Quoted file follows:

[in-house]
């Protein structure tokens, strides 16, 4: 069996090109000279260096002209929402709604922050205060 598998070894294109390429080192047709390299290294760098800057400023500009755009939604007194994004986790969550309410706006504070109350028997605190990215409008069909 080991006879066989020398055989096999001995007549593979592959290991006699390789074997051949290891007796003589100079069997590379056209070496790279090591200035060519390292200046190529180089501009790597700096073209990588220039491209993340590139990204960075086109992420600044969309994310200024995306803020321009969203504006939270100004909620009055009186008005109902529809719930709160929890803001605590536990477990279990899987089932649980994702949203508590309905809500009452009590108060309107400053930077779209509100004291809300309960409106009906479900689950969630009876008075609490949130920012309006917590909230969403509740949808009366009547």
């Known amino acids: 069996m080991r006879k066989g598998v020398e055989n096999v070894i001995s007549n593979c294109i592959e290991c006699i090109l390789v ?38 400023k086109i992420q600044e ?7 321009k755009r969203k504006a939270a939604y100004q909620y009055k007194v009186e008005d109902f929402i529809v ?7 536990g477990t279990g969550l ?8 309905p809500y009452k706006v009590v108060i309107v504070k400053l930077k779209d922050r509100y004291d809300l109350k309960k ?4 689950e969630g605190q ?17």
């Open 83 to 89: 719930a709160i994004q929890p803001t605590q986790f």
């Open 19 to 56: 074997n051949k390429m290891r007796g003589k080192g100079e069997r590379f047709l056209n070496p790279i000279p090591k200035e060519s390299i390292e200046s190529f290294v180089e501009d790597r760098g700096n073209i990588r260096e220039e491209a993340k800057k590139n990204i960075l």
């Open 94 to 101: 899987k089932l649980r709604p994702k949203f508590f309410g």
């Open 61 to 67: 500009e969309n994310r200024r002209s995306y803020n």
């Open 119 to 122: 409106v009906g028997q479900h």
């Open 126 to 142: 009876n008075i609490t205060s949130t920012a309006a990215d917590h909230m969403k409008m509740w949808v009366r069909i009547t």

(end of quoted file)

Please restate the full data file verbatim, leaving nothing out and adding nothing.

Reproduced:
[in-house]
């Protein structure tokens, strides 16, 4: 069996090109000279260096002209929402709604922050205060 598998070894294109390429080192047709390299290294760098800057400023500009755009939604007194994004986790969550309410706006504070109350028997605190990215409008069909 080991006879066989020398055989096999001995007549593979592959290991006699390789074997051949290891007796003589100079069997590379056209070496790279090591200035060519390292200046190529180089501009790597700096073209990588220039491209993340590139990204960075086109992420600044969309994310200024995306803020321009969203504006939270100004909620009055009186008005109902529809719930709160929890803001605590536990477990279990899987089932649980994702949203508590309905809500009452009590108060309107400053930077779209509100004291809300309960409106009906479900689950969630009876008075609490949130920012309006917590909230969403509740949808009366009547």
């Known amino acids: 069996m080991r006879k066989g598998v020398e055989n096999v070894i001995s007549n593979c294109i592959e290991c006699i090109l390789v ?38 400023k086109i992420q600044e ?7 321009k755009r969203k504006a939270a939604y100004q909620y009055k007194v009186e008005d109902f929402i529809v ?7 536990g477990t279990g969550l ?8 309905p809500y009452k706006v009590v108060i309107v504070k400053l930077k779209d922050r509100y004291d809300l109350k309960k ?4 689950e969630g605190q ?17």
């Open 83 to 89: 719930a709160i994004q929890p803001t605590q986790f």
């Open 19 to 56: 074997n051949k390429m290891r007796g003589k080192g100079e069997r590379f047709l056209n070496p790279i000279p090591k200035e060519s390299i390292e200046s190529f290294v180089e501009d790597r760098g700096n073209i990588r260096e220039e491209a993340k800057k590139n990204i960075l």
């Open 94 to 101: 899987k089932l649980r709604p994702k949203f508590f309410g």
């Open 61 to 67: 500009e969309n994310r200024r002209s995306y803020n």
């Open 119 to 122: 409106v009906g028997q479900h």
């Open 126 to 142: 009876n008075i609490t205060s949130t920012a309006a990215d917590h909230m969403k409008m509740w949808v009366r069909i009547t």